Updated Jan. 5, 2009 –
Not to be facetious, but a pre-filed Washington State Senate bill calling for “fiscal reform” reads like an April Fool’s joke. It’s such a preposterous idea, it’s got to be a joke, right?
In reality, it’s not a joke. To solve a multi-billion dollar deficit, two state senate leaders want voters to approve changing the state’s Constitution to pave the way for a new income tax.
That’s right. No joke here. Their idea of fiscal reform is not cutting waste to balance the state’s red-inked budget. And there is waste (click for more on the subject).
Their idea is to keep taxing and spending in the face of plummeting tax revenue, and skyrocketing payouts for the unemployed with 12.8 percent of state residents reportedly surviving on food stamps (“Food-stamp use takes record jump in Washington”).
Then, there’s this headline: “Big year for bankruptcies: up 32% in US, up 45% in Washington state.”
Instead of doing what every Washington family and business are doing to survive within the constraints of existing dollars – the state senators want to amend the state’s Constitution to hit state residents with a new income tax.
Here’s how SB 6250 starts in the first paragraph: “AN ACT Relating to fiscal reform…”
SJR 8219 is their resolution calling for more waste – a statewide election. It’s a controversial proposal that’s been historically rejected by voters.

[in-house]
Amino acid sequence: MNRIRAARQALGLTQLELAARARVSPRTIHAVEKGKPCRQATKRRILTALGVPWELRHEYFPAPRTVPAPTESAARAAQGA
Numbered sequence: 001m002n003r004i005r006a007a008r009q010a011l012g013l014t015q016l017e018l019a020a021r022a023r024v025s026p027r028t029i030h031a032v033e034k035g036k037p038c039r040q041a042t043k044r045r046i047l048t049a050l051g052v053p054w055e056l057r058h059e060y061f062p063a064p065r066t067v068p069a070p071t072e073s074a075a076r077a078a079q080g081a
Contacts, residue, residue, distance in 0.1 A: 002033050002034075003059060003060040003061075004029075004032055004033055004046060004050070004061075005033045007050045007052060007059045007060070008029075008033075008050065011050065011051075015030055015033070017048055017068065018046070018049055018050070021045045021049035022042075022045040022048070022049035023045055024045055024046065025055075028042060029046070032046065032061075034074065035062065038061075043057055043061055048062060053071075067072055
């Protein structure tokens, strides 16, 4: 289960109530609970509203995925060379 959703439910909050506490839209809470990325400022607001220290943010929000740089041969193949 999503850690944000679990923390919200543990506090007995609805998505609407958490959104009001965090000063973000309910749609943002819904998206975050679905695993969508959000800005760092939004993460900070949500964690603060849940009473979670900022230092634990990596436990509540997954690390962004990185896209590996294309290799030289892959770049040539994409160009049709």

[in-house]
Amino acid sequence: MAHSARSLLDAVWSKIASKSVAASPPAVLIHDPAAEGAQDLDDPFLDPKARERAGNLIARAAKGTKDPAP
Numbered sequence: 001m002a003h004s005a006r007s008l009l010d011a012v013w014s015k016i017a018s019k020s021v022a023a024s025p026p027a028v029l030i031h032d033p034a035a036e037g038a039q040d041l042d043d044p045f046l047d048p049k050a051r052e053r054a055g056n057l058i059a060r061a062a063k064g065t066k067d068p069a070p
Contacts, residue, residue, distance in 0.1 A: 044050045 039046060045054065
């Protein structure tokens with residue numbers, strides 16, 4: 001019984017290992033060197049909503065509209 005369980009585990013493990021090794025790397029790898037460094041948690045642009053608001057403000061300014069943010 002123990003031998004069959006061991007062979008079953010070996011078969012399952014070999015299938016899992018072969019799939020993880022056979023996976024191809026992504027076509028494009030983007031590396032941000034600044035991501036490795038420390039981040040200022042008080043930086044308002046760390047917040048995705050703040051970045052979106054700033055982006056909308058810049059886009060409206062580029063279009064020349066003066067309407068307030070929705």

You can click on the preceding links to see the bills’ wording for yourself.
“No session would be complete without the obligatory income tax proposal,” writes Jason Mercier in an email. Mr. Mercier is the director at the Center for Government Reform, which is part of Washington Policy Center (www.washingtonpolicy.org).
“It will be interesting to hear how this income tax proposal will be able to fulfill this intent and succeed where other income taxes have failed,” he added. “I’m sure other income tax states such as California will be eager to learn how to make income tax revenue recession proof.”
If you like the Senators’ joke, here is a dubious economic indicator to ponder: Allied Van Lines says last year it moved more people out of Washington than the number of people who relocated to Washington. The Puget Sound Business Journal quoted a release from the moving company, which states it made 1,913 moves out-of-state and only 1,907 moves inbound.
It is impossible to tax our way to success out of the Great Recession. And transferring any remaining wealth to the state does not create more wealth for taxpayers. Nor does it create jobs for the unemployed. If the state senators truly want a long-term balanced budget, it’s recommended that the state senators start reading here – “Analysis: Steps for Economic Success in Washington State.”
Otherwise, they will fail as leaders by chasing ill health. Surely, they don’t to make a bigger joke of the state’s budget situation. Or do they?
From the Coach’s Corner, to express your opposition to the proposed tinkering with the state’s Constitution to pave the way for an income tax, tell your three state legislators.
The 60-day 2010 legislative session starts Jan. 11.